Irish Public Pension System: expenditure trends and recipient numbers

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Key Point:

Since 2007, total public pension expenditure has risen from almost €5 billion to €7.7 billion in 2018, representing an increase of €2.7bn or 54%. The greatest rise in public pension spending was in the State Contributory Pension (SCP) area at €5bn in 2018: an increase of €2.5bn or 92% on 2007. The SCP weekly rate has increased from €209 in 2007 to the current rate of €248 in 2019. This represents an increase of €40 or 19% in nominal terms, but €31 or 15% in real terms when we adjust for inflation. Over the last decade, the proportion of pensioners receiving the State Pension has increased substantially from 352,000 in 2007 to 509,000 in 2018: an increase of 157,000 or 45% on 2007.

Irish Public Pension System: State Contributory and Non- Contributory Pensions

The public pension system in Ireland ensures that all pensioners achieve some absolute, minimum income and is designed to mitigate poverty. The public pension programme operating in Ireland is known as a basic scheme. This is a benefit paid to all pensioners where the value of the amount paid depends on years of work, but not past earnings. The basic scheme is mandatory for all private sector workers and can be complemented with voluntary private pension arrangements. There are two kinds of flat-rate benefits delivered under the public pension system:

State Contributory Pension (SCP) – is a basic benefit paid to all retirees that meet the contribution conditions. In 2019, the maximum weekly rate for a retired person with 48 or over yearly average contributions is €248.30, with an increase for a qualified adult (i.e. spouse or civil partner) set at €165.40 for individuals under 66 years and €222.50 for individuals over 66 years. The minimum weekly pension rate (i.e. individuals with 10-14 yearly average PRSI contributions) is €99.20 – with the increase for a qualified adult amounting to €65.70 and €89.59 for individuals under and over the age of 66 years respectively.

State Non-Contributory Pension (SNCP) – is a means-tested benefit paid to those who have insufficient PRSI contributions. In 2019, the maximum weekly rate for a retired person aged 66 to 80 years is €237.00 and €247.00 for persons aged over 80 years. The increase to a qualified adult aged under 66 years amounts to €156.60 per week. When the spouse, civil partner or co-habitant reaches the age of 66 years, the increase for a qualified adult is no longer provided. However, he or she may then apply for a SNCP in their own right.

Both the SCP and SNCP are payable from the age of 66 years. The pension age is scheduled to increase to 67 years in 2021 and to 68 years in 2028.

Expenditure on Public Pensions

Figure 1 shows social welfare expenditure on pensions between the years 2007 and 2018. Despite the fiscal crisis and the impact of the Great Recession on the Irish State there was no reduction in overall pensions expenditure within the social welfare system.[1] Total pensions expenditure increased from almost €5bn in 2007 to €7.7bn in 2018, representing an increase of €2.7bn or 54% on 2007. The greatest rise in pensions spending was on the SCP: which increased from €2.7bn in 2007 to €5.2bn in 2018 (+92%). Total expenditure on the SNCP also increased during these years from €920m in 2007 to just over €1bn in 2018 (+9%).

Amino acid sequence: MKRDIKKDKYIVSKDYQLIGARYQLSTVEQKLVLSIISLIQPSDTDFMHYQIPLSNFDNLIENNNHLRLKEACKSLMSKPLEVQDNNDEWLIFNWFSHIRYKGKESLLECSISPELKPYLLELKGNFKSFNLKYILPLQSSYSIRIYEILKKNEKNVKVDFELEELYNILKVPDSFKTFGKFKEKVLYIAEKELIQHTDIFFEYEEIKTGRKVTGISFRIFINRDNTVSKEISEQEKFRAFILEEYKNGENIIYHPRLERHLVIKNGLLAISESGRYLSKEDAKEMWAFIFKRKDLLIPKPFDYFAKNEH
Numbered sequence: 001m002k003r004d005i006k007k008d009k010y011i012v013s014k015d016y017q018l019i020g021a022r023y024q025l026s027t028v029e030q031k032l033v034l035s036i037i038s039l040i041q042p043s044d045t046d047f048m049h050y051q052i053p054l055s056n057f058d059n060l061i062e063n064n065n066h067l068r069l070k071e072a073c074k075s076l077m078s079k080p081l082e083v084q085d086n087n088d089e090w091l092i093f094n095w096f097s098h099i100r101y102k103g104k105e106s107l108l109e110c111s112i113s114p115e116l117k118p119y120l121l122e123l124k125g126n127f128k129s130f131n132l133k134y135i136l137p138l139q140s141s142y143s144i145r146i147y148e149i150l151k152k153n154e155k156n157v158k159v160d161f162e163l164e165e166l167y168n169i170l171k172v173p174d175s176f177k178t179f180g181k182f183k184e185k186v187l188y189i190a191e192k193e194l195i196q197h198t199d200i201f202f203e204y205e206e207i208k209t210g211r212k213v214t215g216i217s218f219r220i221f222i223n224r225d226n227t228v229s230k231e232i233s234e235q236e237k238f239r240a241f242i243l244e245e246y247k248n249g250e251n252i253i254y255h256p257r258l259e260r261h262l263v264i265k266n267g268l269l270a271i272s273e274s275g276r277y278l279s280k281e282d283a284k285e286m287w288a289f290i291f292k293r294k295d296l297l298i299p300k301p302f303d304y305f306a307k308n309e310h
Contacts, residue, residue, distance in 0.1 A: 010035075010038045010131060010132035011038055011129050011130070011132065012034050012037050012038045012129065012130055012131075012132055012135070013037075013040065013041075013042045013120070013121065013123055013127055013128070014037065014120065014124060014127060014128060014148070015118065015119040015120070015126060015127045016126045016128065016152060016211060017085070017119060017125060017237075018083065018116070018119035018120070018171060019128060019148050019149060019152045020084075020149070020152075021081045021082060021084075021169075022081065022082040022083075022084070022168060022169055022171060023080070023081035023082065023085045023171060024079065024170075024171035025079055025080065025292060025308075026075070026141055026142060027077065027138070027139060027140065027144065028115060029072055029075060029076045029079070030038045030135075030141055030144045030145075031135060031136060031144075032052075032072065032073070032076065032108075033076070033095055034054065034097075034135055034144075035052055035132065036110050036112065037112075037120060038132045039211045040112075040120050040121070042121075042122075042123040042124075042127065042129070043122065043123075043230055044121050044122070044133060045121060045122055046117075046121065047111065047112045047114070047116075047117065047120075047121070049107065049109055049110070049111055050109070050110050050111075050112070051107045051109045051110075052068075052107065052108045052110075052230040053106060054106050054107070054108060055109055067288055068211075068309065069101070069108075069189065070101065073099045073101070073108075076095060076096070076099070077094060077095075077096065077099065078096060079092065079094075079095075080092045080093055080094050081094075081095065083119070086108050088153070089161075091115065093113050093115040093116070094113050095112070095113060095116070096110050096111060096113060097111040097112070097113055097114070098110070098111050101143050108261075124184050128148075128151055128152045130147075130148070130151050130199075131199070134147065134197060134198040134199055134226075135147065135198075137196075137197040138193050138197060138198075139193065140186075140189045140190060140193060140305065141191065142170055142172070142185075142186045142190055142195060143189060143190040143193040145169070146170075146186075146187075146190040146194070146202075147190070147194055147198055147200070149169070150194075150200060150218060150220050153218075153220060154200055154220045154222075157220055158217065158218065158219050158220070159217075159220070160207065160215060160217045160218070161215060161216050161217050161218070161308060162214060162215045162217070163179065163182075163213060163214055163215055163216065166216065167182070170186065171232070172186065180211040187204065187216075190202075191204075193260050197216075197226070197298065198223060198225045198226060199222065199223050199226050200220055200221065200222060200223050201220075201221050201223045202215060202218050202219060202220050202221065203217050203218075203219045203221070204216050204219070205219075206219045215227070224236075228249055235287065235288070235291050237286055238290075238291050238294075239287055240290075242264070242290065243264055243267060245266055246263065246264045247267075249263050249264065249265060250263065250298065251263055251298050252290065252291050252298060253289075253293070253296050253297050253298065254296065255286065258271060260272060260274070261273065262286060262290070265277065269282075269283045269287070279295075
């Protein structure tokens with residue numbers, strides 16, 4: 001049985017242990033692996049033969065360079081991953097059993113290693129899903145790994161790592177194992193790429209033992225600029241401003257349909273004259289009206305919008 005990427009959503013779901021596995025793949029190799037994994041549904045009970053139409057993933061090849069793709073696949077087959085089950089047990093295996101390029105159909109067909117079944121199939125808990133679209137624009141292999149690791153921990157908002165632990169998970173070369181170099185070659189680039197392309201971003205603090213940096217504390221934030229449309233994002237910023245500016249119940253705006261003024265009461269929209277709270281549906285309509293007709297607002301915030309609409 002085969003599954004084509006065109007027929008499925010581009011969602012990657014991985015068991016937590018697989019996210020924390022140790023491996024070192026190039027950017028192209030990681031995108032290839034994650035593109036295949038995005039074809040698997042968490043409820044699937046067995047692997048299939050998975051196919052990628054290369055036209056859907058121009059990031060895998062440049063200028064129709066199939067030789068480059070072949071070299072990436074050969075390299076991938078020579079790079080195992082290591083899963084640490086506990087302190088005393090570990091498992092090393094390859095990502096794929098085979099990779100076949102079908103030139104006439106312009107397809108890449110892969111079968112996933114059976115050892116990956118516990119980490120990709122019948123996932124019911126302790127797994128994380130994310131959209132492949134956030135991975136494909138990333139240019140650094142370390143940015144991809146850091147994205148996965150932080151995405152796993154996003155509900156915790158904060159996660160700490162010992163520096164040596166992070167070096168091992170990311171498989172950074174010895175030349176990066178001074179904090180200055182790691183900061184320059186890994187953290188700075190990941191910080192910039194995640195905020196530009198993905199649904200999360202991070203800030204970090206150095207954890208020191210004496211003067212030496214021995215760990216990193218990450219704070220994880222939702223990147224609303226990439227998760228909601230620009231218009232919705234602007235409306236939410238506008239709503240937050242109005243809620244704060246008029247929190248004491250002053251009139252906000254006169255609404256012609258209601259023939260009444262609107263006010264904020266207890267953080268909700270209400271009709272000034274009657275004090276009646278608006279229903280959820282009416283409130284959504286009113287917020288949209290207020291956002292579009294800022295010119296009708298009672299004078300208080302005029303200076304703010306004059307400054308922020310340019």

Figure 1: Expenditure on Public Pensions, 2007-2018

Source: Department of Employment Affairs and Social Protection (2009) (2017) (2018). Note: Due to rounding, numbers presented in this figure may not add up precisely to the totals provided.

Figure 2 shows trends in weekly SCP rates between the years 2007 and 2019. Since 2007, the SCP has increased from €209 to €248 per week in 2019: representing an increase of almost €40 or 19% in nominal terms. The SCP weekly rate increased from €209 in 2007 to €230 per week in 2009. However, in the following six years there were no changes to the SCP until the weekly rate was increased to €233 in 2016 and to the current rate of €248 in 2019.

Figure 2 also shows the weekly SCP rate in real terms, adjusted by the Consumer Price Index (base 2007) to take account of inflation and changes to the cost of living. In real terms the SCP weekly rate increased by €31 or 15% between 2007 and 2019.

Figure 2: Trends in weekly value of the State Contributory Pension, 2007-2019

Source: Department of Employment Affairs and Social Protection (2009) (2017) (2018); CSO (2019a); CSO (2019b).

State Pension Recipients – 2007-2018

Over the long-term since 2000, the Irish population aged 65 and over has risen by 248,000 or 58%: increasing from 425,000 in 2000 to 673,000 people in 2019 (CSO, 2019c). The total number of pension recipients has much more rapidly risen from 268,000 in 2000 to 509,000 in 2018. This represents an increase of 240,000 or 90% on 2000.

Figure 3: Number of Pension Recipients by types of pensions received, 2007-2018

Source: Department of Employment and Social Protection (Various Years).